This is to avoid breaching the code, and also prevent risk of punishment by the court, whether through a wasted costs order or, in more serious cases, prosecution for an offence against public justice.
2.3 Examples of compelling reasons
2.3.1 Obligations to clients
Where you are acting for two defendants a conflict of interest may arise.
You must withdraw from at least one client where this has occurred. Continuing to act would be in breach of Chapter 3 of the SRA Code on conflicts of interest.
You must withdraw from both clients if, by continuing to act for the remaining client, you would breach your duty of confidentiality to your former client contrary to Chapter 4 of the SRA Code on confidentiality and disclosure.
2.3.2 Obligations to the court
You must withdraw from a case if a client changes instructions in such a manner that for you to continue would involve you misleading the court, contrary to Chapter 5 of the of the SRA Code 'Your client and the court', in particular outcomes 5.1 that you do not attempt to deceive or knowingly or recklessly mislead the court, and 5.2 requiring that you are not complicit in another person deceiving or misleading the court.
3 Withdrawal when the client wishes to change solicitor
The retainer is a contractual relationship and subject therefore to legal considerations. In principle, a client can end the retainer with you at any time and for any reason. However, when a client is a defendant in criminal proceedings, different practical considerations apply to the determination of the retainer and withdrawal depending on client funding.
3.1 Where the client is privately funded
You must withdraw from a case if the defendant is privately funded and they terminate the retainer. You have no further authority to represent them.
3.2 Where the client is publicly funded
If the defendant is funded by legal aid then regulation 14 (change of provider) of the Criminal Legal Aid (Determinations by a Court and Choice of Representative) Regulations 2013 governs any application for a change of representation.
The court has the power to grant or refuse such an application.
The grounds for change are set out in regulation 14(3) and (4). You must provide details of either:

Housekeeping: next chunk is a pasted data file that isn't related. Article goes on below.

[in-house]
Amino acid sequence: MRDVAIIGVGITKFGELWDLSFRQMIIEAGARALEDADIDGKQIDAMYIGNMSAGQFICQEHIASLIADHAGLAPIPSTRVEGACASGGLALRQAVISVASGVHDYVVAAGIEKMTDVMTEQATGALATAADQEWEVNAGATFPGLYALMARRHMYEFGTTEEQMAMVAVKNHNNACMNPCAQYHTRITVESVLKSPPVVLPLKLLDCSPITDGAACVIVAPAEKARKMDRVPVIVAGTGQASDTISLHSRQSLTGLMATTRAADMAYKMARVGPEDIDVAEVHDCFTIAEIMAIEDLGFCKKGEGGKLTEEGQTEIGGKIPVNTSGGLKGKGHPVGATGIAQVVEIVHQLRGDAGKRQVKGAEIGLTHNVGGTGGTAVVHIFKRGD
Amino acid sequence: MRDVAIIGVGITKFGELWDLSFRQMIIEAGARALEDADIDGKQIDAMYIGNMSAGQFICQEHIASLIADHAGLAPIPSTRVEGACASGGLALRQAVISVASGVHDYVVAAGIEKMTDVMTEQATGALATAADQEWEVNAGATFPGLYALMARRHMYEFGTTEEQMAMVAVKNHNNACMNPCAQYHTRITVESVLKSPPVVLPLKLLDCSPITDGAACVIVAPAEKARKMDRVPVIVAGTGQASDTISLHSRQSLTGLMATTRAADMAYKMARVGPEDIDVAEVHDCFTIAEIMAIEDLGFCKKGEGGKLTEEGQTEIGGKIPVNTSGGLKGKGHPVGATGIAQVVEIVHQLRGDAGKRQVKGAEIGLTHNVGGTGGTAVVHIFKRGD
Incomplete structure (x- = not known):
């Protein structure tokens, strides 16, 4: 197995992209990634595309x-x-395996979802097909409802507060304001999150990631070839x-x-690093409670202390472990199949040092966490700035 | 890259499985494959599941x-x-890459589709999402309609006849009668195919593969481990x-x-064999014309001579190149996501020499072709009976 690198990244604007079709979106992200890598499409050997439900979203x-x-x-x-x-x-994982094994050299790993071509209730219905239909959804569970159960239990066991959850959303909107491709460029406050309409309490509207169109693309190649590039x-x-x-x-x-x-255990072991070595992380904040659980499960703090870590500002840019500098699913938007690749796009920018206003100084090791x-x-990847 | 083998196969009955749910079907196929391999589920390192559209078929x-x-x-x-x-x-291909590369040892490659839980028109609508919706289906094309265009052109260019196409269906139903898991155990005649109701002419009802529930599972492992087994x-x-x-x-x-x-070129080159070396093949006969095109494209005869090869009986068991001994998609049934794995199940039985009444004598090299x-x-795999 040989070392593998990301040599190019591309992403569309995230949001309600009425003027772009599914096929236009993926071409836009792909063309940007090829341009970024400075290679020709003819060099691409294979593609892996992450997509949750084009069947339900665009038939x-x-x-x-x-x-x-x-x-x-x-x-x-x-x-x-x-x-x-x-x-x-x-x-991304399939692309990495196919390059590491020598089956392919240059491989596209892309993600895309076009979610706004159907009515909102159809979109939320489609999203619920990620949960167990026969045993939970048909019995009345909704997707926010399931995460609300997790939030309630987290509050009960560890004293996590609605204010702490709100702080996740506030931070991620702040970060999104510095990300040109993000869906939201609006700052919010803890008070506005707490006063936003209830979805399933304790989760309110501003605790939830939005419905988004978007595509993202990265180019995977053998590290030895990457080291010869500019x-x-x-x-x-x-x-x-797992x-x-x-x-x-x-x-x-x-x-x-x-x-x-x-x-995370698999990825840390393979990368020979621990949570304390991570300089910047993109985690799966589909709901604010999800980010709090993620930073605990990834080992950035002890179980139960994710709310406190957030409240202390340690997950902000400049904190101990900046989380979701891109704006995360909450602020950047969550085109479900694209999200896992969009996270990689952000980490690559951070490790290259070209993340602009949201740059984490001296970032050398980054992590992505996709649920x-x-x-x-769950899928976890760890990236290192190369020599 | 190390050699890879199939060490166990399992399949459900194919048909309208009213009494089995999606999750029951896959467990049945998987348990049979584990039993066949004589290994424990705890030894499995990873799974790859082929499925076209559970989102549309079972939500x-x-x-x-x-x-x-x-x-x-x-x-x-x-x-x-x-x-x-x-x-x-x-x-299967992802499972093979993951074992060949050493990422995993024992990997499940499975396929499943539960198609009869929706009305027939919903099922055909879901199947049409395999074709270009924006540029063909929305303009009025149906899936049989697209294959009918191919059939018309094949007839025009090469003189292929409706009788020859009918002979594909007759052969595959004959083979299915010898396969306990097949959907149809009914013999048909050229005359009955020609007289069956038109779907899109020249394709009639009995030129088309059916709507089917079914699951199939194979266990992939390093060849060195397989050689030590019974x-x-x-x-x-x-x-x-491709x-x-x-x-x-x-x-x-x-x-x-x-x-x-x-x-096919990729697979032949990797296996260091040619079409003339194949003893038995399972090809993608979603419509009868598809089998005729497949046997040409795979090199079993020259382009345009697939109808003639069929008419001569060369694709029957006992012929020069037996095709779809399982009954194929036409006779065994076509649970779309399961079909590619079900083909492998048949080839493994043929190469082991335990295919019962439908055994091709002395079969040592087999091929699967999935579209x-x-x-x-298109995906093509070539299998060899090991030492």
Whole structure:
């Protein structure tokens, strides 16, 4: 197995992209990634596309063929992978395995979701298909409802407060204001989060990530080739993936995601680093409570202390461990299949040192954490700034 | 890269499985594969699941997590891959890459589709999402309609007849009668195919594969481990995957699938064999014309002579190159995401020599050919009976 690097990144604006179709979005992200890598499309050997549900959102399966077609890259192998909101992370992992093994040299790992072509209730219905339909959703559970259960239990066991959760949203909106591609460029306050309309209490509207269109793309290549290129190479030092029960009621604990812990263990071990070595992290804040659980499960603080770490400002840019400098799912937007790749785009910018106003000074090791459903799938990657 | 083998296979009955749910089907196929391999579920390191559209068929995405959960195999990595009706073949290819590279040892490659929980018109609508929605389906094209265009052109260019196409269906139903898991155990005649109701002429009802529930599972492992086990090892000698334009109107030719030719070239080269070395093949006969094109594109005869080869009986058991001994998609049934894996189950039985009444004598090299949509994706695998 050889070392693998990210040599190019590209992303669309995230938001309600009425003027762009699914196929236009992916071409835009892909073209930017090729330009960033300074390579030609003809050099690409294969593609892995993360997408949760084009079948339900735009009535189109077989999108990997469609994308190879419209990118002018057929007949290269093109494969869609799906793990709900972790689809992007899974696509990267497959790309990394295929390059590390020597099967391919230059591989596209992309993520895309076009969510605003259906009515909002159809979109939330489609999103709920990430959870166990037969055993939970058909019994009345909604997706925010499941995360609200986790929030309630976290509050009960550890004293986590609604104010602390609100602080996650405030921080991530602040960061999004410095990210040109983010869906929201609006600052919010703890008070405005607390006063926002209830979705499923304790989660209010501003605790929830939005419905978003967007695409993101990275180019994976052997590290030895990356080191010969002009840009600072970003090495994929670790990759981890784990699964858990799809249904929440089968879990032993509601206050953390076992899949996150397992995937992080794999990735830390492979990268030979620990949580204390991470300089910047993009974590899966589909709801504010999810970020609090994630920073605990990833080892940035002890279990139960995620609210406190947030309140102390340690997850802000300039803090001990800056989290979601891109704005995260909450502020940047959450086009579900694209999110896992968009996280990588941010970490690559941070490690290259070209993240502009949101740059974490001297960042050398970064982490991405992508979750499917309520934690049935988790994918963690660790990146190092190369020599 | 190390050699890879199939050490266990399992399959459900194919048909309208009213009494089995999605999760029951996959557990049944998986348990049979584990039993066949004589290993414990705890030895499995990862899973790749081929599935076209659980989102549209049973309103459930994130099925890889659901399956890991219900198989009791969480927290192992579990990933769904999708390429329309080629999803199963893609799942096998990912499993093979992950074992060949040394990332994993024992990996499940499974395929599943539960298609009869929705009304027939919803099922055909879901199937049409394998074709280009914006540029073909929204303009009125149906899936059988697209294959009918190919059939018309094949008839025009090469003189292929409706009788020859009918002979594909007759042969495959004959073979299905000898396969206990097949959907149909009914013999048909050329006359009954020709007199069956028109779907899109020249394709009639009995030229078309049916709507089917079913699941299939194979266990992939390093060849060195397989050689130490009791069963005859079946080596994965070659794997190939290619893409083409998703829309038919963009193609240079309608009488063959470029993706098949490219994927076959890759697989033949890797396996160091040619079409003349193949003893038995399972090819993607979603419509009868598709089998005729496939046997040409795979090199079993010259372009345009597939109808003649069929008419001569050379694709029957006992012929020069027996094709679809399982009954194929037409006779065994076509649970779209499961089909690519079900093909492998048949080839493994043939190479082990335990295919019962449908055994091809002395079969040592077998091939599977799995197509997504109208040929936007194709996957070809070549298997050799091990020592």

- the nature of the duty under the SRA Code of Conduct that you consider obliges you to withdraw from the case
- the particular circumstances that render you unable to represent the individual.
However, you must take legal professional privilege (LPP) into consideration as this may limit the information that you can give without your client's consent.
4 What should you tell the court when withdrawing?
You must inform the court of the reasons for your withdrawal, by providing enough explanation to enable the judge to decide how to proceed. However, in doing so you must not breach LPP.
This may mean that the court is not fully informed about the reasons for withdrawal or the nature of the breakdown between you and your client, but that cannot be avoided. Although the court can properly comment, the making of this decision rests solely with you.
5 Making an informed decision to accept a transferred case
You may decide whether or not to accept a retainer from a new client, but once you have accepted the retainer you may not later withdraw for reasons of practical difficulty which may result from your obligation to comply with court orders.
You must therefore be satisfied that you are able to comply with any orders already made by the court, including the length of any adjournment, before accepting instructions to act.
5.1 Replacing a solicitor at short notice